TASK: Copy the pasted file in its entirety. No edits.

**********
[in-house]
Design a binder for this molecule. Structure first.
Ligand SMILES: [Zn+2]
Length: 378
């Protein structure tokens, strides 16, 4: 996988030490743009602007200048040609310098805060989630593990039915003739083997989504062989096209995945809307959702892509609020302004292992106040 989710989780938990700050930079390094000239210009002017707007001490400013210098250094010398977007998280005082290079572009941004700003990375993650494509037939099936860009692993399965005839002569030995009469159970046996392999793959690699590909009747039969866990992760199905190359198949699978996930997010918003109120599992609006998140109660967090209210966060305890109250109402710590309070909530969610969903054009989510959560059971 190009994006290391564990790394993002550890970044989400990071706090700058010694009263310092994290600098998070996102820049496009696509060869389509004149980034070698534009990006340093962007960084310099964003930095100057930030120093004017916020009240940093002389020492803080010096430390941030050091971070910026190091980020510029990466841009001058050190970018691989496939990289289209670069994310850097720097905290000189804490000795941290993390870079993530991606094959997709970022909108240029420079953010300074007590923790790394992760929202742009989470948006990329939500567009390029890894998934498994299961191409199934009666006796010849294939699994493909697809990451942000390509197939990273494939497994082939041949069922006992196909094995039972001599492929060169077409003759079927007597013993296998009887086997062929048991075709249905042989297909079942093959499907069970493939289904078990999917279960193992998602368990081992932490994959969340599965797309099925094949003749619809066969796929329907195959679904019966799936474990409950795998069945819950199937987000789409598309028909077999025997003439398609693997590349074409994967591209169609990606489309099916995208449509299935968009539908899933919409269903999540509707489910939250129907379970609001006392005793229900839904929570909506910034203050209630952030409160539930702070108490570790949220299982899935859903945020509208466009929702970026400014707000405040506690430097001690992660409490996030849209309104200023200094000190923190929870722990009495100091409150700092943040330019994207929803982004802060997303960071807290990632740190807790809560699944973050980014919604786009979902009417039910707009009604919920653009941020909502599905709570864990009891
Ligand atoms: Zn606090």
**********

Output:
[in-house]
Design a binder for this molecule. Structure first.
Ligand SMILES: [Zn+2]
Length: 378
């Protein structure tokens, strides 16, 4: 996988030490743009602007200048040609310098805060989630593990039915003739083997989504062989096209995945809307959702892509609020302004292992106040 989710989780938990700050930079390094000239210009002017707007001490400013210098250094010398977007998280005082290079572009941004700003990375993650494509037939099936860009692993399965005839002569030995009469159970046996392999793959690699590909009747039969866990992760199905190359198949699978996930997010918003109120599992609006998140109660967090209210966060305890109250109402710590309070909530969610969903054009989510959560059971 190009994006290391564990790394993002550890970044989400990071706090700058010694009263310092994290600098998070996102820049496009696509060869389509004149980034070698534009990006340093962007960084310099964003930095100057930030120093004017916020009240940093002389020492803080010096430390941030050091971070910026190091980020510029990466841009001058050190970018691989496939990289289209670069994310850097720097905290000189804490000795941290993390870079993530991606094959997709970022909108240029420079953010300074007590923790790394992760929202742009989470948006990329939500567009390029890894998934498994299961191409199934009666006796010849294939699994493909697809990451942000390509197939990273494939497994082939041949069922006992196909094995039972001599492929060169077409003759079927007597013993296998009887086997062929048991075709249905042989297909079942093959499907069970493939289904078990999917279960193992998602368990081992932490994959969340599965797309099925094949003749619809066969796929329907195959679904019966799936474990409950795998069945819950199937987000789409598309028909077999025997003439398609693997590349074409994967591209169609990606489309099916995208449509299935968009539908899933919409269903999540509707489910939250129907379970609001006392005793229900839904929570909506910034203050209630952030409160539930702070108490570790949220299982899935859903945020509208466009929702970026400014707000405040506690430097001690992660409490996030849209309104200023200094000190923190929870722990009495100091409150700092943040330019994207929803982004802060997303960071807290990632740190807790809560699944973050980014919604786009979902009417039910707009009604919920653009941020909502599905709570864990009891
Ligand atoms: Zn606090």